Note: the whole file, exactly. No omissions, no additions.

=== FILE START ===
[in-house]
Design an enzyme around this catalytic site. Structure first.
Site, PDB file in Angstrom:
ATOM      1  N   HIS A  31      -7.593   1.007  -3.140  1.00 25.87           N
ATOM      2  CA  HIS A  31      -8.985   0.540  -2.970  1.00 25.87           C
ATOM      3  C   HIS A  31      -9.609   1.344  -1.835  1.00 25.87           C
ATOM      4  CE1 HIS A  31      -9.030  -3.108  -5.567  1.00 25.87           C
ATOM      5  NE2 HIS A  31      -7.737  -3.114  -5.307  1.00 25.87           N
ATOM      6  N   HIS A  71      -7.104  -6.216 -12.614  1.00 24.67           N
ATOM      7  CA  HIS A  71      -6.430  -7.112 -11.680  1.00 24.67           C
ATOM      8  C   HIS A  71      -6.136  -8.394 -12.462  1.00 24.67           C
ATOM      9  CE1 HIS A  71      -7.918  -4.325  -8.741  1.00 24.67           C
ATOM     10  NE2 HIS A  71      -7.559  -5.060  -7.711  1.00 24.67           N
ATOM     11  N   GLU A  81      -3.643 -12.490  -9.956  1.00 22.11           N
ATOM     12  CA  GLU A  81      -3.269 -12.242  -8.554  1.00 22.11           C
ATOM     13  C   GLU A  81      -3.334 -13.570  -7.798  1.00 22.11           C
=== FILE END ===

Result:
[in-house]
Design an enzyme around this catalytic site. Structure first.
Site, PDB file in Angstrom:
ATOM      1  N   HIS A  31      -7.593   1.007  -3.140  1.00 25.87           N
ATOM      2  CA  HIS A  31      -8.985   0.540  -2.970  1.00 25.87           C
ATOM      3  C   HIS A  31      -9.609   1.344  -1.835  1.00 25.87           C
ATOM      4  CE1 HIS A  31      -9.030  -3.108  -5.567  1.00 25.87           C
ATOM      5  NE2 HIS A  31      -7.737  -3.114  -5.307  1.00 25.87           N
ATOM      6  N   HIS A  71      -7.104  -6.216 -12.614  1.00 24.67           N
ATOM      7  CA  HIS A  71      -6.430  -7.112 -11.680  1.00 24.67           C
ATOM      8  C   HIS A  71      -6.136  -8.394 -12.462  1.00 24.67           C
ATOM      9  CE1 HIS A  71      -7.918  -4.325  -8.741  1.00 24.67           C
ATOM     10  NE2 HIS A  71      -7.559  -5.060  -7.711  1.00 24.67           N
ATOM     11  N   GLU A  81      -3.643 -12.490  -9.956  1.00 22.11           N
ATOM     12  CA  GLU A  81      -3.269 -12.242  -8.554  1.00 22.11           C
ATOM     13  C   GLU A  81      -3.334 -13.570  -7.798  1.00 22.11           C